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Teeth Loss Associated With Future Functional Decline in Older Adults


September 16, 2016

In a recent study, researchers claim that tooth loss is associated with future decline in higher-level functional capacity and suggest that treatments for tooth loss could reduce this decline (J Am Geriatr Soc. 2016; doi: 10.1111/jgs.14324).

Researcher Ken Osaka, MD, PhD, MPH, and colleagues conducted a prospective cohort study of functionally independent, community-dwelling persons aged 65 and older (N = 62,333) in 24 Japanese municipalities between 2010 and 2013.

Self-reported number of teeth was used as an exposure variable. The outcome was changes in higher-level functional capacity measured using the Tokyo Metropolitan Institute of Gerontology Index of Competence (TMIG-IC), which consists of three domains: instrumental activities of daily living, intellectual activity, and social roles.
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The participants were given questionnaires to complete. They answered a number of questions, including:

  • how many teeth they had;
  • their medical and mental health history;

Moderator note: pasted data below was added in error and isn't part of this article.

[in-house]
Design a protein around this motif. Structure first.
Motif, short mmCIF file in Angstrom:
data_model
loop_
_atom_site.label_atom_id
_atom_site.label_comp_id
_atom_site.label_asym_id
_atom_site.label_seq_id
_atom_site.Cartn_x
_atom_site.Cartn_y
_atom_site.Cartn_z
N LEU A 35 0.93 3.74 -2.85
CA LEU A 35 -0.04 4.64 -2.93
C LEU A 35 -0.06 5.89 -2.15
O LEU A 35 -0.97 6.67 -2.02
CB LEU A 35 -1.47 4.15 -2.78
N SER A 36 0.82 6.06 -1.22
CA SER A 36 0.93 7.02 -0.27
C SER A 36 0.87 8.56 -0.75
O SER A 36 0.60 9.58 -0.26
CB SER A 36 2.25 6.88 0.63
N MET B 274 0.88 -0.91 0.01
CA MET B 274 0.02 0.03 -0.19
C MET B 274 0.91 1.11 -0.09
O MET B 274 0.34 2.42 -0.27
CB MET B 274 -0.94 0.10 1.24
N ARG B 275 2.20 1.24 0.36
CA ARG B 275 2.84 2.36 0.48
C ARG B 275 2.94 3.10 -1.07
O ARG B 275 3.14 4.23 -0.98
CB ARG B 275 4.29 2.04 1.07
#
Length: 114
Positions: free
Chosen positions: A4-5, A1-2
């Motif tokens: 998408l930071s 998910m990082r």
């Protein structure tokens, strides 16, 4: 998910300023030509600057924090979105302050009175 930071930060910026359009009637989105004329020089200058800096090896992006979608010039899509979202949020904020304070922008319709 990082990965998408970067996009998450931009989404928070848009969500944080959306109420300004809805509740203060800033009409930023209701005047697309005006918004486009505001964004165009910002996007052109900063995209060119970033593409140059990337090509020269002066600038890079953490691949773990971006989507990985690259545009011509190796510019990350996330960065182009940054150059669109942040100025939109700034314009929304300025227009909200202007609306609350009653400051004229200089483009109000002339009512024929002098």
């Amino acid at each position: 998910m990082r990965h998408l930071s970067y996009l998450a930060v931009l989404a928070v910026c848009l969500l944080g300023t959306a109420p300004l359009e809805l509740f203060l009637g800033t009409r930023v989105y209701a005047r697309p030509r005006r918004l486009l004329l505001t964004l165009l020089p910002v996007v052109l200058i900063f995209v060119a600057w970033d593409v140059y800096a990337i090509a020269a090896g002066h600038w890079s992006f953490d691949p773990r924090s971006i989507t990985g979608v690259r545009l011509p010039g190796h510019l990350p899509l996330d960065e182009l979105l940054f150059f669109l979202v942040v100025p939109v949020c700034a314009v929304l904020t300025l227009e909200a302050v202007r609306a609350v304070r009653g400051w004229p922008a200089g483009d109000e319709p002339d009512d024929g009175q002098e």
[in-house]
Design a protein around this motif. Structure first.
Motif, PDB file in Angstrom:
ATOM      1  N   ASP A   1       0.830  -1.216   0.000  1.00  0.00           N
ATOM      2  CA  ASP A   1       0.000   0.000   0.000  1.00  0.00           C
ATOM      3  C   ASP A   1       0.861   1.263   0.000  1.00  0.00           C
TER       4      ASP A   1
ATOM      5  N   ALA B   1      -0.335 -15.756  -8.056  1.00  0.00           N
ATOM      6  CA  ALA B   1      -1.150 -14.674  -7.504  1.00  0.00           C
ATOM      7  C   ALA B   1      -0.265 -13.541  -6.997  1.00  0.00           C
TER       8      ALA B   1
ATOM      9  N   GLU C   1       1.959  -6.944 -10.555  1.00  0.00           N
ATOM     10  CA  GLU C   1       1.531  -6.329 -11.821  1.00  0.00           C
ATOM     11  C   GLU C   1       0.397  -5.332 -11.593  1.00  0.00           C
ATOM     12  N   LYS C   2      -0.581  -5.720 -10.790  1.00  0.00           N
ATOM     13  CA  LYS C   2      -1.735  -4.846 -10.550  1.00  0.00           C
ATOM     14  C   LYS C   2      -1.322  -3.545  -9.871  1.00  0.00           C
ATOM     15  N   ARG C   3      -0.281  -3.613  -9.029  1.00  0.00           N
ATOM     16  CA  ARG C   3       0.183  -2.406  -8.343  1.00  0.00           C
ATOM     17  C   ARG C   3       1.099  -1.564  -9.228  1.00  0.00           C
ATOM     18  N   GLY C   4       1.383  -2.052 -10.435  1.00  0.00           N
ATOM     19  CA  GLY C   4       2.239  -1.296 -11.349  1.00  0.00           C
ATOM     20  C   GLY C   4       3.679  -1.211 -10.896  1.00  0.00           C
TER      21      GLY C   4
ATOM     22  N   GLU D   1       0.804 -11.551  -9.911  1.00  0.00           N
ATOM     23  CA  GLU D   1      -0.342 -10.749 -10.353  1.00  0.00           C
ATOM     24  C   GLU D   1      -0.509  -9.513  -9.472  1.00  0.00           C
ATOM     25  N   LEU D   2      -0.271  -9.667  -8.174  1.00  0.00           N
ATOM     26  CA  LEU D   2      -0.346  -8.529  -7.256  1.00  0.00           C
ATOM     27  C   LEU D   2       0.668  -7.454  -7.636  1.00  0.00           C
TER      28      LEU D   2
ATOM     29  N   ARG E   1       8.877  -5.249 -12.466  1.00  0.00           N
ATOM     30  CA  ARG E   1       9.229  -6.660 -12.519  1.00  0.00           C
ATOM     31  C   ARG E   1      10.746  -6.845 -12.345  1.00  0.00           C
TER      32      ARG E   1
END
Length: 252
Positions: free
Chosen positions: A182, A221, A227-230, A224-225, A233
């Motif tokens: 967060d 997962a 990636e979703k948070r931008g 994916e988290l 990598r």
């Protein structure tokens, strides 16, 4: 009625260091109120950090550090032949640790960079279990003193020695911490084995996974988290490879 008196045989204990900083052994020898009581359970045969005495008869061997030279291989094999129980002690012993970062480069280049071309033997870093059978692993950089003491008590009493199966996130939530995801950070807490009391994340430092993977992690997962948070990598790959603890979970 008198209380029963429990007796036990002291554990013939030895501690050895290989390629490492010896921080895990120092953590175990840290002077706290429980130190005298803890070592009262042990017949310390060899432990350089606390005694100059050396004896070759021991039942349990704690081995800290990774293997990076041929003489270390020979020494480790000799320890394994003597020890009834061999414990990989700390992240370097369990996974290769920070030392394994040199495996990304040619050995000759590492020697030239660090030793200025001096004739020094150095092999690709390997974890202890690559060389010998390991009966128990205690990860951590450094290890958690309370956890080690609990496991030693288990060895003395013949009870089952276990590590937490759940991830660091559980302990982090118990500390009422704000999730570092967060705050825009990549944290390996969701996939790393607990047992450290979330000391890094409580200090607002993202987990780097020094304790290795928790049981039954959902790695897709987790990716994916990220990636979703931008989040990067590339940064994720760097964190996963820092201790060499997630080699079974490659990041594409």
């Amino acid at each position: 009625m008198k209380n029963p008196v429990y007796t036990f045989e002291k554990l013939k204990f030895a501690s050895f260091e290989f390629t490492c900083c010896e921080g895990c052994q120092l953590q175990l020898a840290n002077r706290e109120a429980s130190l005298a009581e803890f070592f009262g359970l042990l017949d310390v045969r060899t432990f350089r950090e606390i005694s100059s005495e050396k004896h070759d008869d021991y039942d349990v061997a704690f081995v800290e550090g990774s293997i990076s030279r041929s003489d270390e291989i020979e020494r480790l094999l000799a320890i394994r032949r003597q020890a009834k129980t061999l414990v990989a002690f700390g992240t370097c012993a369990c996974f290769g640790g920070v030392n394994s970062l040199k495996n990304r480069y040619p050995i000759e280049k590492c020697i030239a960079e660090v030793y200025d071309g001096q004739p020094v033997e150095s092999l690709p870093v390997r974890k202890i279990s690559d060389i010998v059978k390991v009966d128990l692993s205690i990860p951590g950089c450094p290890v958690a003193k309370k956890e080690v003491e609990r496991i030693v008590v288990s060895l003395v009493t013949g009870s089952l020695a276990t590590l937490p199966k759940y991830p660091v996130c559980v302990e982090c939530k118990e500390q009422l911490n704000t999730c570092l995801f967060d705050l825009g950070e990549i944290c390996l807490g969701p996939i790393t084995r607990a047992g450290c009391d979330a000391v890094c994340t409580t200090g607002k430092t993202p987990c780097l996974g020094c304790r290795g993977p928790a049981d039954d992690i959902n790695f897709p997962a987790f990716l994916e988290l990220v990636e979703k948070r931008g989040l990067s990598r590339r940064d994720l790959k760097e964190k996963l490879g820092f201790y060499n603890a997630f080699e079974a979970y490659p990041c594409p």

• how many falls they had over the last year;
  • whether they smoked or drank alcohol;
  • their body weight; and
  • how well they were able to perform common activities of daily life.

The baseline response rate was 65.2%, and the follow-up rate was 70.1%. During the follow-up period, participants’ TMIG-IC score declined by an average of 0.247 points (standard deviation, 1.446).

The results showed a significant dose-response association between tooth loss and decline in higher-level functional capacity in multiple linear regression models. Inverse probable weighting models estimated the increment in TMIG-IC score (β = 0.170, 95% CI = 0.114–0.227) if edentulous participants had 20 or more natural teeth.

In summary, researchers learned older adults who have significant tooth loss are less functional when compared with people who lose fewer teeth. The research team suggested that it is essential that older adults receive the support they need to maintain good oral health self-care practices and that they receive adequate dental care.—Amanda Del Signore

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